Departments collaborate to regenerate St Helier and promote urban life
Government departments are collaborating to improve living and environmental standards in St Helier, and to redevelop the capital to be a more attractive place to live, work and visit. The regeneration of St Helier has been identified as one of the priority areas in the Medium Term Financial Plan and is being spearheaded by the Environment and Infrastructure Departments, and the Parish of St Helier.
The regeneration project will create a vision for Future St. Helier to focus investment in public space; travel and transport; improved standards for new and affordable homes and rental accommodation; and the delivery of high quality office space. It will also seek to ensure that St. Helier is resilient to the effects of climate change.
These projects will be delivered by a reprioritisation of existing public funding within the States and other public agencies, such as Andium Homes; the pooling of public resources in support of common objectives – including joint-working involving the Parish of St. Helier and the Department for Infrastructure; and the private sector, through the delivery of development projects and through contributions to public infrastructure – as part of planning obligations agreements or a new form of infrastructure levy.
The enhancement of St. Helier’s public spaces – its streets, squares and parks - has been identified as a priority by the Council of Ministers as part of this project to improve the town. A new Movement Strategy will identify opportunities to traffic-calm streets and reclaim space for pedestrians, cyclists and shoppers, whilst creating opportunities for new tree planting. A public realm strategy will identify the need for and set out proposals for more and improved open space for those who live in and visit St. Helier.
Andium will invest £200 million over four years to deliver affordable, quality housing that is also environmentally friendly and in line with the Island’s long-term goals of reducing emissions and energy consumption. Additionally, there will be 40 affordable shared equity apartments and 40 social rented homes provided as part of the College Gardens Development.
The Department of the Environment will introduce new standards for the design of new homes – dealing with internal space standards; provision of amenity space; and car parking - to ensure that town residents can access good quality residential accommodation.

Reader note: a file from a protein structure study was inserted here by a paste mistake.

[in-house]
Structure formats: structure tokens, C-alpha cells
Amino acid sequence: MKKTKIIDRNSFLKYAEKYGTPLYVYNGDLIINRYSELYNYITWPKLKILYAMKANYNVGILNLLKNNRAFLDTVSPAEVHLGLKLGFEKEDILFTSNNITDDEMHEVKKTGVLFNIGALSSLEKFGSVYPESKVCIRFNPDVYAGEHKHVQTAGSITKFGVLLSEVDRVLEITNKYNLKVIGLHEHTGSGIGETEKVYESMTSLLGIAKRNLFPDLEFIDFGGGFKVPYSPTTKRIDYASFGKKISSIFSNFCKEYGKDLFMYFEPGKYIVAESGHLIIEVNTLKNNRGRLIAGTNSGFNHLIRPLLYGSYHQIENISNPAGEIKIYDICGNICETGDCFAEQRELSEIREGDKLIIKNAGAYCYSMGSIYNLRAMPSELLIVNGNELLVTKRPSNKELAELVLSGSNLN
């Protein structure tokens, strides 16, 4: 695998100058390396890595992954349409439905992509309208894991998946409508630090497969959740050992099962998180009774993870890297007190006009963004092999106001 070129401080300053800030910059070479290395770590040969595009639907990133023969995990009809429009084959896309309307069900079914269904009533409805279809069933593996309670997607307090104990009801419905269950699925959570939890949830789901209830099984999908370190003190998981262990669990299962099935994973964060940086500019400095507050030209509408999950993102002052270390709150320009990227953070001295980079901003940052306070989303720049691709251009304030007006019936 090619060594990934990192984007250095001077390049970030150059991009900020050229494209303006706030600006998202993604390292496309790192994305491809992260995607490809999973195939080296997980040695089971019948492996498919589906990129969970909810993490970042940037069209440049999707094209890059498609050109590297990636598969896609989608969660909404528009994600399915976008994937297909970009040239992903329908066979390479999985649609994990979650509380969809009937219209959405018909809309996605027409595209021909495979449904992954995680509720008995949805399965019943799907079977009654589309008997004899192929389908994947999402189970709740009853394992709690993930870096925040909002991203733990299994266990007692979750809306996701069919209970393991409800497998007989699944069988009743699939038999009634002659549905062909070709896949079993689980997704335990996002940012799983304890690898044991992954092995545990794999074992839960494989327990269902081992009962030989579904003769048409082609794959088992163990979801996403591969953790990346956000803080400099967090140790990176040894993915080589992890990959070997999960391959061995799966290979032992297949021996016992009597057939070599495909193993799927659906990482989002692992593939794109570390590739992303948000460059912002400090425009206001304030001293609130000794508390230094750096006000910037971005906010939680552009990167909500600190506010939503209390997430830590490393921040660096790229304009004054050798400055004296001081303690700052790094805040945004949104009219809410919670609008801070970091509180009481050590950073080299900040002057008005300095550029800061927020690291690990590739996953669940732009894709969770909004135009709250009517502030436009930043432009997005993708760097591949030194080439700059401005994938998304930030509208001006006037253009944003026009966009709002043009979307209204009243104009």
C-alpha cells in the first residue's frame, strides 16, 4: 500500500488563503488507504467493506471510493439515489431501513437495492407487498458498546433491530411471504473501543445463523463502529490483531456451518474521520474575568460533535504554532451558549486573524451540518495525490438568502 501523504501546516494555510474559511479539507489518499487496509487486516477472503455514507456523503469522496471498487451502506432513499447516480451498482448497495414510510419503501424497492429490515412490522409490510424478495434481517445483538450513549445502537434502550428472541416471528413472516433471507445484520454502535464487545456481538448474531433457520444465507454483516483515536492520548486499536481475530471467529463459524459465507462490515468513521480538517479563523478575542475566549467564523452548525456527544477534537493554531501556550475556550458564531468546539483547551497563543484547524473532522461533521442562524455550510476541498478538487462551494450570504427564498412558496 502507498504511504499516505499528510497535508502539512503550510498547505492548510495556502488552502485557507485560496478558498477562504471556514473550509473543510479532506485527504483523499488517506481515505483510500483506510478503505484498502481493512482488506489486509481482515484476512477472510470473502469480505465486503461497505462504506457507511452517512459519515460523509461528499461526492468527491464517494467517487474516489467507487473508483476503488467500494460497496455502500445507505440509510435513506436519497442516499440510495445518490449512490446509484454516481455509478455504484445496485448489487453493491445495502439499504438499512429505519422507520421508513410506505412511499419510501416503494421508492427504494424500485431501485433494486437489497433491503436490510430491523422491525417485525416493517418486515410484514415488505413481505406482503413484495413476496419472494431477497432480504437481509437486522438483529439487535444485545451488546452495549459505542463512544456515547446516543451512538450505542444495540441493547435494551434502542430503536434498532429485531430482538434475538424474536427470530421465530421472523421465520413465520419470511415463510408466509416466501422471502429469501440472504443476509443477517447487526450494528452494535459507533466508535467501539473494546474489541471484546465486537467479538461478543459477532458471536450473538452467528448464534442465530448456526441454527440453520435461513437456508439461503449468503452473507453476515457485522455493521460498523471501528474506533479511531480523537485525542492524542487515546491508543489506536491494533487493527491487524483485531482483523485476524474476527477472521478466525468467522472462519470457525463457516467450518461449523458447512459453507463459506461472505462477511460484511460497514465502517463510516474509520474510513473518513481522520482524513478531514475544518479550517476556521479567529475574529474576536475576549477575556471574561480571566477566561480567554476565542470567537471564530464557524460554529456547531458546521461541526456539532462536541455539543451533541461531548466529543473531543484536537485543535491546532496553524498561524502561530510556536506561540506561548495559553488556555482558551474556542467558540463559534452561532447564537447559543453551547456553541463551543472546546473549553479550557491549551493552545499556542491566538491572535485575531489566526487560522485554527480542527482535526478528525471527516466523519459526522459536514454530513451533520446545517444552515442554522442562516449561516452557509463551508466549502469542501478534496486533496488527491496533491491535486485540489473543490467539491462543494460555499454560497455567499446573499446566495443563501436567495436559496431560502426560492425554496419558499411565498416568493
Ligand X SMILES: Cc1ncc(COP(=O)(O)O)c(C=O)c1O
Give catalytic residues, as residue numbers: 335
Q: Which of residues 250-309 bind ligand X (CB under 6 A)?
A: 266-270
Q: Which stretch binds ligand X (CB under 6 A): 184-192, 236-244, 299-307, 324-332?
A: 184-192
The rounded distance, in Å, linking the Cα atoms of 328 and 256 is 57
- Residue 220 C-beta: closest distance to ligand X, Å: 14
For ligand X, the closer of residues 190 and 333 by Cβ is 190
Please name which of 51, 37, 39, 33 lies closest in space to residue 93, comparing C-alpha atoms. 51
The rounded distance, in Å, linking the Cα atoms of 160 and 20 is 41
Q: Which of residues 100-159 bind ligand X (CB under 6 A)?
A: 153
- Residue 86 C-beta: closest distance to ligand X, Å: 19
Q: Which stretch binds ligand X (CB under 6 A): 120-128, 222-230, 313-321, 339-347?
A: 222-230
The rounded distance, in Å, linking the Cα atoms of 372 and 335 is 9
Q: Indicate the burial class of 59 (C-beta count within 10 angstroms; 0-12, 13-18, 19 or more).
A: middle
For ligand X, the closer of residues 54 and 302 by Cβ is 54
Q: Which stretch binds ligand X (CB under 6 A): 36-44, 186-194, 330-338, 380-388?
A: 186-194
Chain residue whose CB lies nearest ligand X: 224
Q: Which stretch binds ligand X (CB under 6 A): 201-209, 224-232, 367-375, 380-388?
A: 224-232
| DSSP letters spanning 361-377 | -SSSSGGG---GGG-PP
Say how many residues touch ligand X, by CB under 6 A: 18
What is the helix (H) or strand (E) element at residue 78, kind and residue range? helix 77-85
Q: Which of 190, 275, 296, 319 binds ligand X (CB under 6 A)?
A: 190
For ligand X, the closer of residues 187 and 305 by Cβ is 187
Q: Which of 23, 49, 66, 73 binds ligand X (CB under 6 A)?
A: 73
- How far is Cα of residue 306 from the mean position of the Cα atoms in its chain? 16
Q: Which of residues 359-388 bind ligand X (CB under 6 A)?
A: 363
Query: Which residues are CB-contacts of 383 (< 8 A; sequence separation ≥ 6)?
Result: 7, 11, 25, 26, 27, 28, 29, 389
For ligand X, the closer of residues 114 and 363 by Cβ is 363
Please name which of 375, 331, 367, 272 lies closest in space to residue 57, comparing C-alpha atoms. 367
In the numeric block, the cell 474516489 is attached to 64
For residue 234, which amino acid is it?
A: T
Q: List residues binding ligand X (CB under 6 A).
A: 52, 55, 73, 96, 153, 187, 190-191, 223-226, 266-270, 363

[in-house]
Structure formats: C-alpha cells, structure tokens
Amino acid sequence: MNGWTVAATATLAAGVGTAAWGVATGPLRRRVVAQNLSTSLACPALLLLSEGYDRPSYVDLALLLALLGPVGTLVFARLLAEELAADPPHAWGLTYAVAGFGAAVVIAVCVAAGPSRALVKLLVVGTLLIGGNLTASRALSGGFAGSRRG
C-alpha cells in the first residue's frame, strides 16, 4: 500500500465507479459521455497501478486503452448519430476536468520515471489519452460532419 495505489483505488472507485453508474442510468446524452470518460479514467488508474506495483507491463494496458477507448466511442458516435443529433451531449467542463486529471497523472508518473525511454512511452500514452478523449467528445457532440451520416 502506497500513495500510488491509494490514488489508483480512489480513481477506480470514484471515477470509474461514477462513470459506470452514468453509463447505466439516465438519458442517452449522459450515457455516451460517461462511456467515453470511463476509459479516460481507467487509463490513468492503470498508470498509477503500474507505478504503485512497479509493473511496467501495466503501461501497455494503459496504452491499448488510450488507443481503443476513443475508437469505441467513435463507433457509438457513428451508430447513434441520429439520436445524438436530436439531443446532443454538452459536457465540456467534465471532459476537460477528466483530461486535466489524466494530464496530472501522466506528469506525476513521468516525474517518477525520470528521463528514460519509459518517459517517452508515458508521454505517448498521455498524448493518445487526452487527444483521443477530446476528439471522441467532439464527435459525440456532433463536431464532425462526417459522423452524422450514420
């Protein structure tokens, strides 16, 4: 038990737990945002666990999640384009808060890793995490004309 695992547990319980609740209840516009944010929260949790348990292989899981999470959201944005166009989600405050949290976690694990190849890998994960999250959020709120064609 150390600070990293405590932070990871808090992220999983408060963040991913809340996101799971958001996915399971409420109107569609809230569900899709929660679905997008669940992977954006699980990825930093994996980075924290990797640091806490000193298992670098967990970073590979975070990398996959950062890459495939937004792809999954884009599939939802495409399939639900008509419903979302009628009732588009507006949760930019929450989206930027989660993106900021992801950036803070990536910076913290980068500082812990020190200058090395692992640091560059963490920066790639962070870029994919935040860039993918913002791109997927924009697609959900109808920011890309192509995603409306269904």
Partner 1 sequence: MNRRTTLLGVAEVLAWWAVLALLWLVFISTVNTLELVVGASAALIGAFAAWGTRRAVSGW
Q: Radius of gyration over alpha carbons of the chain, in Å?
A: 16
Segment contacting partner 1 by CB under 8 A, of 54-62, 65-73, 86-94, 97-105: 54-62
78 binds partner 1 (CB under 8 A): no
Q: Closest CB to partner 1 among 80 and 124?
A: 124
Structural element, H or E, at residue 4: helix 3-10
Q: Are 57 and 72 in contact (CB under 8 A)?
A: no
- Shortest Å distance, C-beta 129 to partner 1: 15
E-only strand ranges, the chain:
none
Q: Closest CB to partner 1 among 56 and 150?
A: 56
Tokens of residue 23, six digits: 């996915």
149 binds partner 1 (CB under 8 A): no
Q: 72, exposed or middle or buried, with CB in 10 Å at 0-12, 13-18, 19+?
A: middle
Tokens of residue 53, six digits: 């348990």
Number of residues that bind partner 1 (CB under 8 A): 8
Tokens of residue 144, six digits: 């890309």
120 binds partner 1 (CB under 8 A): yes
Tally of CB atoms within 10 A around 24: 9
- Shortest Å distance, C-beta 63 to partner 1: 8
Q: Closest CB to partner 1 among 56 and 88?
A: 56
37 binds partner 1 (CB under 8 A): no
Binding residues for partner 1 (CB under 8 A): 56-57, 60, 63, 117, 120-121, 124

It will also deliver “Rent Safe”, a Landlord Accreditation Scheme to improve standards in rented accommodation. The scheme will assess rented accommodation against universal criteria on environmental and living standards to provide greater protection and higher quality for tenants.
To ensure St Helier remains a competitive centre for business, the States of Jersey Development Company will invest more than £150 million to build grade A office space. This will meet both the demand of expanding businesses and attract valuable inward investment. These new office developments will, in turn, free up older office buildings to be transformed into residential properties.
A review of the Esplanade Quarter masterplan will ensure that proposed developments are in line with the long-term plans for St Helier’s built environment.
Creating a vision for St. Helier and providing a clear framework of polices and proposals for the regeneration of the Island’s capital will provide a clear focus for public and private investment decisions over the course of the MTFP and beyond. It will better enable partnership across government to deliver these objectives, to the benefit to the whole Island, its economy and its environment.
The Minister for the Environment Deputy Steve Luce, commented “All of us who have a stake in Jersey’s future share the vision of a St Helier that is vibrant, environmentally aware and an attractive place to live, work and visit. That is why this alignment we are seeing across government to regenerate our capital is so promising and so necessary.
“Preserving Jersey’s environment does not just mean protecting our beautiful coasts and rural areas – it also means ensuring our urban environment is protected and developed in a planned and considered way, which values long-term thinking for the benefit of islanders now and in the future.”
The Infrastructure Minister, Deputy Eddie Noel, commented “The vision for Future St Helier has, from the start, been based on the realisation that we must work together to achieve the best outcomes.
“Much of the change will come about in future years but we are already seeing some improvements to mobility around town such as the trial scheme at Charing Cross and the planned scheme for next year to widen the pavements in Conway Street which will be implemented by combined Parish and Dfi work teams.”